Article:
CN103596534B (en) * 2011-06-10 2017-04-12 宝洁公司 Disposable diapers

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CH587030A5 (en) * 1973-11-21 1977-04-29 Procter & Gamble
CH608699A5 (en) * 1975-02-24 1979-01-31 Colgate Palmolive Co
US4090515A (en) * 1975-11-24 1978-05-23 Colgate-Palmolive Company Disposable diaper with waist fluid barrier
US4050462A (en) * 1976-03-29 1977-09-27 Kimberly-Clark Corporation Disposable diaper with elastically constricted crotch section
US4094319A (en) * 1976-11-01 1978-06-13 Joa Curt G Sanitary pad with multiple end folds
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* Cited by examiner, † Cited by third party
Publication number Priority date Publication date Assignee Title
EP0217666A2 (en) * 1985-10-02 1987-04-08 THE PROCTER & GAMBLE COMPANY Disposable diaper with superabsorbent strips
EP0217666A3 (en) * 1985-10-02 1987-06-24 THE PROCTER & GAMBLE COMPANY Disposable diaper with superabsorbent strips
DE3718076A1 (en) * 1986-05-28 1987-12-10 Kimberly Clark Co Menstrual and incontinence tie
DE3718076C2 (en) * 1986-05-28 2000-10-26 Kimberly Clark Co Menstrual and incontinence binding
US4795454A (en) * 1986-10-10 1989-01-03 The Procter & Gamble Company Absorbent article having leakage-resistant dual cuffs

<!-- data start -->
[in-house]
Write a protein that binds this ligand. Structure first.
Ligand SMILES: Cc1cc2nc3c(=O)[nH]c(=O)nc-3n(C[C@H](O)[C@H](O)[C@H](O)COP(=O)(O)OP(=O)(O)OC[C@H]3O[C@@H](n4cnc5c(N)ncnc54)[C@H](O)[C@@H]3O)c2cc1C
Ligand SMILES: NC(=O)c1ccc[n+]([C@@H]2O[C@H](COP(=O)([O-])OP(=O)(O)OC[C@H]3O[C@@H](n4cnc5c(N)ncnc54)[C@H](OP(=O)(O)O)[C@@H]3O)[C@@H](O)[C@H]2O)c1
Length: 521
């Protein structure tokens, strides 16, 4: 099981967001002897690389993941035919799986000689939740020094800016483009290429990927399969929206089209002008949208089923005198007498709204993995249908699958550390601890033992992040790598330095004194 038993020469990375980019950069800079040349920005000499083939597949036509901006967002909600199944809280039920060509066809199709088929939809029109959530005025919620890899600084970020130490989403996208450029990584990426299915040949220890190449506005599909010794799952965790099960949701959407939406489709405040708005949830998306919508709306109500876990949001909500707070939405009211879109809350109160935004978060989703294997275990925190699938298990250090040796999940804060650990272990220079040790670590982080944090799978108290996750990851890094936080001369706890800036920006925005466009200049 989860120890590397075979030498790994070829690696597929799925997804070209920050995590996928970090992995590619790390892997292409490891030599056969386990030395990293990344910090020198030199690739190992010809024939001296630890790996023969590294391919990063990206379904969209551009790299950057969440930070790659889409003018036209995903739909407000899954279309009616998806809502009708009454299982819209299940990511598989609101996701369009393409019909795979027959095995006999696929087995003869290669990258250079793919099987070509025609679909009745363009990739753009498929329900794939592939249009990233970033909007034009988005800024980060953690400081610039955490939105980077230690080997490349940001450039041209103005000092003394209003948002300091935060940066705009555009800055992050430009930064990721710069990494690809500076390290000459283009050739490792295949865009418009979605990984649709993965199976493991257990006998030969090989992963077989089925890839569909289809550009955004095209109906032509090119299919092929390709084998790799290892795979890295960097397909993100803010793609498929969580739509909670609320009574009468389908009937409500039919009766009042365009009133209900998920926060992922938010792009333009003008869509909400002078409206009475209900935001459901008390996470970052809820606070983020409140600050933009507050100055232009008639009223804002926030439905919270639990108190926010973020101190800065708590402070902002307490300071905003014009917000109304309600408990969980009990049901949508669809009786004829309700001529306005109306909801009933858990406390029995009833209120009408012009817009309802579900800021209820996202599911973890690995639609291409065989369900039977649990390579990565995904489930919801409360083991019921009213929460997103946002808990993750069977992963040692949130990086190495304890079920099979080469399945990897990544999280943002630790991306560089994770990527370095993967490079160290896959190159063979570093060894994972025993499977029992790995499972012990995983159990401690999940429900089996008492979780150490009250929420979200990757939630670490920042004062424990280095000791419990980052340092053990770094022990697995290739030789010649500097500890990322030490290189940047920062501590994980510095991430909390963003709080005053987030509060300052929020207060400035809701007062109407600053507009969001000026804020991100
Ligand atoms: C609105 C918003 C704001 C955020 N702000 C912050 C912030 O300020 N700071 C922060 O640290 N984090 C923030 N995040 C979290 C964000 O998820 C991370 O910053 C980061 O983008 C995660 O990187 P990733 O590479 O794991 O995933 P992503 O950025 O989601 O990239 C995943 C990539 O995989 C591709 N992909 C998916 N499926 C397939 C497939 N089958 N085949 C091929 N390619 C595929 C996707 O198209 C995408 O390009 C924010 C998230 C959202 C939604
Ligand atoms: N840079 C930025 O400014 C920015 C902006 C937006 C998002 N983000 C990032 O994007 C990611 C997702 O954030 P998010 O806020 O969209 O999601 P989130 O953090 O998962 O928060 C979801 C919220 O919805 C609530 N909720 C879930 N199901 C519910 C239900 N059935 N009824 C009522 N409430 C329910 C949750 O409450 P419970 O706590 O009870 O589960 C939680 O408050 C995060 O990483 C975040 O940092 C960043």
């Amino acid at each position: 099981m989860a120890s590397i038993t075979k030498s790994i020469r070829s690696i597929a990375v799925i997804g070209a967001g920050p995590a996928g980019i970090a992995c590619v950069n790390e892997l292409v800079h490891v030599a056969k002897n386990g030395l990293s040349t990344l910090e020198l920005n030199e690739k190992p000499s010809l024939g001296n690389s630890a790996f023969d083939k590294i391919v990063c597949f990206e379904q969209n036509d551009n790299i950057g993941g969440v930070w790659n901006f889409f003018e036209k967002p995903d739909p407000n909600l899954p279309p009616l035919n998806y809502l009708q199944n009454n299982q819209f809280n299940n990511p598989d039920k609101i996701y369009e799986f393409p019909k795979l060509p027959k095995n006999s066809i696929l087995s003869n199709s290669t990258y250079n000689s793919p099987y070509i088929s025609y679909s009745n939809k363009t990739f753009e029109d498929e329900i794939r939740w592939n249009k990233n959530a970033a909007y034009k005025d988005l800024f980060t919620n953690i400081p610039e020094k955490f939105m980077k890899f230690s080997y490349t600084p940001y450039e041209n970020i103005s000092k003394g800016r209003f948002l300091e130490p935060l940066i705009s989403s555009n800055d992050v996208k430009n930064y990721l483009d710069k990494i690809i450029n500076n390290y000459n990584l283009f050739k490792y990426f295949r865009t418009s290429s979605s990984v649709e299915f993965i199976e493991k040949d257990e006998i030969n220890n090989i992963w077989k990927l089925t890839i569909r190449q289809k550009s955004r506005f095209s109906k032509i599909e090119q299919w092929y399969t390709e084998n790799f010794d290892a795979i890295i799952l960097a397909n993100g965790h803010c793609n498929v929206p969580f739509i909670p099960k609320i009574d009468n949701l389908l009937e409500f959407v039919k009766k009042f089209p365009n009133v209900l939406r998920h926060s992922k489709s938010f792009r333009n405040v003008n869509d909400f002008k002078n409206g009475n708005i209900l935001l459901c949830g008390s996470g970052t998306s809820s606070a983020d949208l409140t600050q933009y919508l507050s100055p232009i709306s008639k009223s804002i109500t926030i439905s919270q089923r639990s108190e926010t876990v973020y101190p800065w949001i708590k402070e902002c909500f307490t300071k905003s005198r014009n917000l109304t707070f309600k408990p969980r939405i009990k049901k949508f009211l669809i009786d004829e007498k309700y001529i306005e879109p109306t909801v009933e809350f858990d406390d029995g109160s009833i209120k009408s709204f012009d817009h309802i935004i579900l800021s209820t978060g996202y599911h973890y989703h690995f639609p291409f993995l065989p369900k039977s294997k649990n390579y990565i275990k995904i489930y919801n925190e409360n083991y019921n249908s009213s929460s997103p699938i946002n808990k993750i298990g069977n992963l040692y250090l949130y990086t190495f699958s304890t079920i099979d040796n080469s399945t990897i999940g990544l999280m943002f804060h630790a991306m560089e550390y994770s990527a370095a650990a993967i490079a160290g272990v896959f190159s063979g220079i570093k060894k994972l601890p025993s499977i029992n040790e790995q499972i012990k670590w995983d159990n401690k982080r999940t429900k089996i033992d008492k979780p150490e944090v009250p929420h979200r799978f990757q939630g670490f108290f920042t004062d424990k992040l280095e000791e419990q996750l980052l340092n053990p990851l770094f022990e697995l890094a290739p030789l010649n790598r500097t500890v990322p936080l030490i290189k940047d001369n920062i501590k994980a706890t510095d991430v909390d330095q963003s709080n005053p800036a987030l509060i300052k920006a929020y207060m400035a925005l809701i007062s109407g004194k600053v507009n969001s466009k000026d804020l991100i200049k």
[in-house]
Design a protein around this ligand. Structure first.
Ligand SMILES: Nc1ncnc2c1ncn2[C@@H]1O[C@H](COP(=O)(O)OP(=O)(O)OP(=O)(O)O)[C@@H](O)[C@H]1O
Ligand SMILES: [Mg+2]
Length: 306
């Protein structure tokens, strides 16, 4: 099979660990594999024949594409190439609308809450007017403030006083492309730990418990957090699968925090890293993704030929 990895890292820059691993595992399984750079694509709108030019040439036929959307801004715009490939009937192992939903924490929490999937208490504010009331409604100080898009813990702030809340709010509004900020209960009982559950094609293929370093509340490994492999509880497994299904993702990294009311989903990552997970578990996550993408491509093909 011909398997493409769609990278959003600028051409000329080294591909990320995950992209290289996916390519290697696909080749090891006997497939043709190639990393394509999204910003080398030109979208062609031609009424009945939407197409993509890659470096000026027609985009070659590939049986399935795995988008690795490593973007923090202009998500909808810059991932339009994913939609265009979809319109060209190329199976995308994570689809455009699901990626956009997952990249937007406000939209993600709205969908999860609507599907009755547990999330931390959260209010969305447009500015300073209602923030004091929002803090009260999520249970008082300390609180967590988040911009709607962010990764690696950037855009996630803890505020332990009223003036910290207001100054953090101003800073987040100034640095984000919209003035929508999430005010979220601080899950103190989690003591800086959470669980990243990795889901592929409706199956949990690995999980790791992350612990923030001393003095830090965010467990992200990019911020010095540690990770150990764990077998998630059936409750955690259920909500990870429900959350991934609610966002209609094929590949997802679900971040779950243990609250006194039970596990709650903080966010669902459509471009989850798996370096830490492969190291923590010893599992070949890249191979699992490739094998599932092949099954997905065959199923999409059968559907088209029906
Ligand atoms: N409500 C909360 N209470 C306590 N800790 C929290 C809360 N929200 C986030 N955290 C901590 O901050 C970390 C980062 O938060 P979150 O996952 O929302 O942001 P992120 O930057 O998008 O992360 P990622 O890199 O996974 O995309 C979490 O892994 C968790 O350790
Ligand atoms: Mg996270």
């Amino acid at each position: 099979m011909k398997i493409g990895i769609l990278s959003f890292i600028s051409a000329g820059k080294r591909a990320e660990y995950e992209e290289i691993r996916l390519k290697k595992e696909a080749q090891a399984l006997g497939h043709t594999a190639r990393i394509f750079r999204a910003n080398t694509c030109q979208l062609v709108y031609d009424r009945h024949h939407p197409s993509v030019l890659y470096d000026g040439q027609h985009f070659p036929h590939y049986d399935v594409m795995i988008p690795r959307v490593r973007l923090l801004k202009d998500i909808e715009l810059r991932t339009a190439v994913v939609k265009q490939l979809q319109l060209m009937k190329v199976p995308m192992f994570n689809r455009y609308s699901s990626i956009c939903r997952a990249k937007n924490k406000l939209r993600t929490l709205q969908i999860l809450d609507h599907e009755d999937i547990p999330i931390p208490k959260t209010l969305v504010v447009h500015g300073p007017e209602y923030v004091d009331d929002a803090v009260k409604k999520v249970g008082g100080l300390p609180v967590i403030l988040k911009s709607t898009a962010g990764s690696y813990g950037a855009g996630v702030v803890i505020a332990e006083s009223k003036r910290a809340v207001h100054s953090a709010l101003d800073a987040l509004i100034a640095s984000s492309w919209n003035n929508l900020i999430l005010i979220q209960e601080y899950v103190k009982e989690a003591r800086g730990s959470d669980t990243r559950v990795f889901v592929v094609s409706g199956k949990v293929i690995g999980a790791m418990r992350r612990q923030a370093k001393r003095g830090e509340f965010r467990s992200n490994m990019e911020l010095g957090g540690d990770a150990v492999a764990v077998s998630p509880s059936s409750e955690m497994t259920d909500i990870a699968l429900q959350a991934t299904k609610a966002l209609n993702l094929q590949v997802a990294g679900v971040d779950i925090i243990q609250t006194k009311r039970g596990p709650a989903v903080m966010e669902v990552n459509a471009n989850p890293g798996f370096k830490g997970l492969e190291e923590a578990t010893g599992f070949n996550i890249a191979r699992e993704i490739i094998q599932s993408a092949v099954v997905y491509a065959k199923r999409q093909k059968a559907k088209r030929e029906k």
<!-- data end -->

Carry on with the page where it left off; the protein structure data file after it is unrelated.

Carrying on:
US4816025A (en) * 1986-10-10 1989-03-28 The Procter & Gamble Company Absorbent article having a containment pocket
WO1993012747A1 (en) * 1991-12-20 1993-07-08 The Procter & Gamble Company Elasticized sanitary napkin
TR26372A (en) * 1991-12-20 1995-03-15 Procter & Gamble Flexible sanitary napkins of
AU674135B2 (en) * 1991-12-20 1996-12-12 Procter & Gamble Company, The Elasticized sanitary napkin

Also Published As

Publication number Publication date
NZ201273A (en) 1985-07-12
JPS5865002A (en) 1983-04-18
DK159191B (en) 1990-09-17
EP0070584B1 (en) 1985-09-11
ZA8205082B (en) 1983-05-25
PH23718A (en) 1989-09-27
GB2103093A (en) 1983-02-16
AU8604482A (en) 1983-01-20
DK159191C (en) 1991-03-11
DK316182A (en) 1983-01-18
CA1175602A (en) 1984-10-09
IE821724L (en) 1983-01-17
IE53022B1 (en) 1988-05-11
BR8204151A (en) 1983-07-26
AU559335B2 (en) 1987-03-05
FI822530D0 (en)
FI84878B (en) 1991-10-31
FI822530A0 (en) 1982-07-16
HK30987A (en) 1987-04-24
MY8800084A (en) 1988-12-31
CA1175602A1 (en)
GB2103093B (en) 1985-05-22
DE3266189D1 (en) 1985-10-17
GR76856B (en) 1984-09-04
FI822530A (en)
FI822530L (en) 1983-01-18
FI84878C (en) 1992-02-10
JPH023615B2 (en) 1990-01-24